Wild volatility isn’t doing anything to dampen the real estate industry’s interest in cryptocurrencies, and it’s not just about luxury properties whose buyers made windfalls on crypto last year.
The underlying blockchain technology promises to revolutionize the way everyone buys homes—and now it’s going mainstream.
Already, real estate aggregators such as Zillow, Trulia and Realtor are seeing crypto competition pop up with impressive lists of homes for sale in bitcoin.
Bitcoin-Realestate.com offers everything from a $7,000 garage for payment in Ethereum to a $3.6-million Panama penthouse—and everything in between.
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Cryptohome.us is another emerging listing aggregator for sellers willing to accept cryptocurrencies.
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And crypto hit another milestone earlier this year with the first-ever sale of property in Ethereum, bypassing the clerk’s office in South Burlington, Vermont—one U.S. state that is not only embracing blockchain, but hoping to be one of the leading innovators:
“We are fortunate to have a cutting-edge statutory framework that enables the use of blockchain technology, and we will continue to work with the legislature to ensure Vermont remains at the forefront of these innovations,” noted Vermont Agency of Commerce and Community Development Secretary Michael Schirling.
Cryptocurrencies make sense for the real estate market …
Neeraj Agrawal, director of communications for the Coin Center, a virtual currency-focused think tank, explained his support for using Bitcoin in real estate transactions. He stated:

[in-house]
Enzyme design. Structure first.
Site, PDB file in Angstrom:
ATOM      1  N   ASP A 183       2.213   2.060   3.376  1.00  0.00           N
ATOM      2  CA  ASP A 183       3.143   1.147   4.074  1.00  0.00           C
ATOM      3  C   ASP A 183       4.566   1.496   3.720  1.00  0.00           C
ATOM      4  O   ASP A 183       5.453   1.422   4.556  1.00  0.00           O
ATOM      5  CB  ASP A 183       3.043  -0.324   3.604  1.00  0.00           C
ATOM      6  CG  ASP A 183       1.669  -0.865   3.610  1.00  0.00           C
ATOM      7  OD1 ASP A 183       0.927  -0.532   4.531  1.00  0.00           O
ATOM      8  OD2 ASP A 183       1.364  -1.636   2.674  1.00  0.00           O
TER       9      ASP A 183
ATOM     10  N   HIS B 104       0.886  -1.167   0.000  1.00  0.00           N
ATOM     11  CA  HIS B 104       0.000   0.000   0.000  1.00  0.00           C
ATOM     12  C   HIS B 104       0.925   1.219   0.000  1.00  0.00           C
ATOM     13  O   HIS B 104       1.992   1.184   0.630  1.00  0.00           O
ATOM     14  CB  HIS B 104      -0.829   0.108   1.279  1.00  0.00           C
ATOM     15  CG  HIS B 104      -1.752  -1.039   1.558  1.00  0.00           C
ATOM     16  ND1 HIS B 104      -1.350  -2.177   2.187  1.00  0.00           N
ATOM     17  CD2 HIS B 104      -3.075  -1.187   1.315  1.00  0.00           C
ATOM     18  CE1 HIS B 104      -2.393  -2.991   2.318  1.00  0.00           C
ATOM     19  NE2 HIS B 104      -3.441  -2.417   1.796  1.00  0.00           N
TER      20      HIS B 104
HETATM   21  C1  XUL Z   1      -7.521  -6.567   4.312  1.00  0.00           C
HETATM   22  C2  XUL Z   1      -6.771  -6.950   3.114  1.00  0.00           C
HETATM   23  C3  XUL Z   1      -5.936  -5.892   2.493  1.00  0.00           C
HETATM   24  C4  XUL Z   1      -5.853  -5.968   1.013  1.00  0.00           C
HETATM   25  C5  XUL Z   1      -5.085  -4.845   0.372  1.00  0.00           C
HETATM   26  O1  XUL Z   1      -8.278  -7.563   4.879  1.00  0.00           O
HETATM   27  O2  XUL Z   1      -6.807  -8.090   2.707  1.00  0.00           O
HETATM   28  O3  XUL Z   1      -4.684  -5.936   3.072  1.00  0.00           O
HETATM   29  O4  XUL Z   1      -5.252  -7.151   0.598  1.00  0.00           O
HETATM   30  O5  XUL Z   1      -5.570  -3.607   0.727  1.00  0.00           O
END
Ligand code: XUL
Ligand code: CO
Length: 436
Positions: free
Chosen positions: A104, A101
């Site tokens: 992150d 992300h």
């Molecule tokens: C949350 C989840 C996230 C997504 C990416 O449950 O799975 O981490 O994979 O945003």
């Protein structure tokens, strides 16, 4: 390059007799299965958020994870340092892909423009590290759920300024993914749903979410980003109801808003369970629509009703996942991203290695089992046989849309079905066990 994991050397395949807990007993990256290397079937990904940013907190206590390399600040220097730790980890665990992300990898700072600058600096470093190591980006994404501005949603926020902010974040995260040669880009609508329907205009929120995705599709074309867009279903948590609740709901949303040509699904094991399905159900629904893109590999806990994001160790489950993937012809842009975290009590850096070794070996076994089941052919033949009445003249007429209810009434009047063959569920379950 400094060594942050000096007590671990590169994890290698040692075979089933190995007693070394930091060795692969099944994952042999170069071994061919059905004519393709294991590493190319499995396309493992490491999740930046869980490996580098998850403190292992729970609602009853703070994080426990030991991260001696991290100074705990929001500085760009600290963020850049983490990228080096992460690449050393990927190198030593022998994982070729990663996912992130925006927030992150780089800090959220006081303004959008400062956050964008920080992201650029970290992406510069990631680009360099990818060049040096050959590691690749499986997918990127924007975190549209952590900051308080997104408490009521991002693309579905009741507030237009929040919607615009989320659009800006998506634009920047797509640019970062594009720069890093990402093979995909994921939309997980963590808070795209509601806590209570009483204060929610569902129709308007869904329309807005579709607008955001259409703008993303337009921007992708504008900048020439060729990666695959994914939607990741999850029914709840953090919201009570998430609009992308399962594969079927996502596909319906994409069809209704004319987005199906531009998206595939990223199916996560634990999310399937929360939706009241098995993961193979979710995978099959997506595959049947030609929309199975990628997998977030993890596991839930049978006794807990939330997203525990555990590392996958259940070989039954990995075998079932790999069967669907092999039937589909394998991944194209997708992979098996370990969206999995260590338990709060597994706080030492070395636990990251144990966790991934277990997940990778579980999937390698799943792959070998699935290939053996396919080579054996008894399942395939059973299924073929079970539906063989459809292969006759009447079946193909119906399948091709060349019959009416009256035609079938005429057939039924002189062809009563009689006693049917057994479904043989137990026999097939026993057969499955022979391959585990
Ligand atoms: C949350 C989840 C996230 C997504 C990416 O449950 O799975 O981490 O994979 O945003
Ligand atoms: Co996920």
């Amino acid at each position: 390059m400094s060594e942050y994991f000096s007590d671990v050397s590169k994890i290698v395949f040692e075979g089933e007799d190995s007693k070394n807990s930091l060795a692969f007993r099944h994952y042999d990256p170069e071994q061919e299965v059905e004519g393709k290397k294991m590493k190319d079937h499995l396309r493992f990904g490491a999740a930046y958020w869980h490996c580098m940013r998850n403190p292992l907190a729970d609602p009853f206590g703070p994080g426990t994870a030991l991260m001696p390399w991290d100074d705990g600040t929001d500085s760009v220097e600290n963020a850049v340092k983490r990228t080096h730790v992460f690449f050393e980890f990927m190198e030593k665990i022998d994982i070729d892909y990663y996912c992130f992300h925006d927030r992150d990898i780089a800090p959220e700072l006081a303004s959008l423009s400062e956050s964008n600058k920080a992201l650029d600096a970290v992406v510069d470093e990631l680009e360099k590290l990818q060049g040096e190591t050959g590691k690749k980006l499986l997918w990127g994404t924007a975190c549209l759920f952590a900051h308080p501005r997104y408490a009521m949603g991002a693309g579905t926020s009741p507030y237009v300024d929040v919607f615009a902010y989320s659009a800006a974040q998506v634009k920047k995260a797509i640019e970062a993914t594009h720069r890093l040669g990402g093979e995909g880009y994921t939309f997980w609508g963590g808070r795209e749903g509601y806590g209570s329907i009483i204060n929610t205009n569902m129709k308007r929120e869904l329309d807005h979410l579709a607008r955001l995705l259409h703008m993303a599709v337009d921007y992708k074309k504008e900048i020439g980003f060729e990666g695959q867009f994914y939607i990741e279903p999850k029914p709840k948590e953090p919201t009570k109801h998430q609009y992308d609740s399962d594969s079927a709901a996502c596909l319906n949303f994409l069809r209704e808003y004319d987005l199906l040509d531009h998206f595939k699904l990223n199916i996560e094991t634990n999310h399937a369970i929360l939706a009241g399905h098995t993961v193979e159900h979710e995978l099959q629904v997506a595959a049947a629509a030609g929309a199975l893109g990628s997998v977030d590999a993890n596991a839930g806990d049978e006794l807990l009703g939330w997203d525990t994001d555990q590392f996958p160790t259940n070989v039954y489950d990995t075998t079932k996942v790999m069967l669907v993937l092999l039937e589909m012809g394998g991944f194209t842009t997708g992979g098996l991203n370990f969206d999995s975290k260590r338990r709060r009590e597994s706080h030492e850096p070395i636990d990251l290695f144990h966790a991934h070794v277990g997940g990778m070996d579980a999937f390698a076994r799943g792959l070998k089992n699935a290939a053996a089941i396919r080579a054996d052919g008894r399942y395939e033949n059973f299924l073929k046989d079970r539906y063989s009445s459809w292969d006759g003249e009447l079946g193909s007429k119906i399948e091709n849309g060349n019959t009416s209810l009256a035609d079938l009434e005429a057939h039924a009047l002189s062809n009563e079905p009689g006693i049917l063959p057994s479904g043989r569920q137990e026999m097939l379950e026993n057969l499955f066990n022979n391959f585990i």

Within the context of real estate, it makes sense to use cryptocurrency in those types of transactions. Cryptocurrency is a way to send large amount of money pretty easily with relatively low fees and little interference from middlemen. Related: Bitcoin And Banking: The Next Mobile Payment Revolution
But the big story for real estate goes far beyond bitcoin. This isn’t about cryptocurrency, it’s about blockchain.
According to a Knight Frank report on global wealth, blockchain technology is indeed revolutionizing the real estate industry.
“Real estate trades at a relative discount to stocks and bonds because it is less liquid, but blockchain could theoretically close that gap ..”, says Knight Frank’s Tom Bill.
How? By reducing transaction times and frictions through a paperless legal process using blockchain’s digital ledger, and by increasing property market liquidity through ‘tokenization’.
“Enabling buyers to trade ‘units’ in real estate online, the impact of this on markets and pricing is potentially far greater than removing frictions from the sale process,” Bill notes.
Sweden is said to be far ahead of the rest of the world in exploring blockchain technology for property transactions. The country has already taken it on a test-run, while it’s also being explored in the United Arab Emirates, Georgia, Honduras and the UK, according to Knight Frank.
Abimanyu Dayal, chief executive of Estatechain, told Knight Frank that blockchain could “revolutionize the real estate market because it provides 100% liquidity 24/7… If you want to invest in London residential property today you are looking at £700,000-plus and are locked in for seven to nine years. Now you can enter and exit whenever you want and that is how people want to invest.”
So while the first round of real estate buys in bitcoin were about using up the fortune some people made in crypto over the past couple of years, the next round is about the mainstream buyer. Luxury paved the way, but the average home could soon be up for grabs in crypto.
After that, we’re looking at blockchain infiltration and a new lease on liquidity for real estate.
By David Craggen for Safehaven.com
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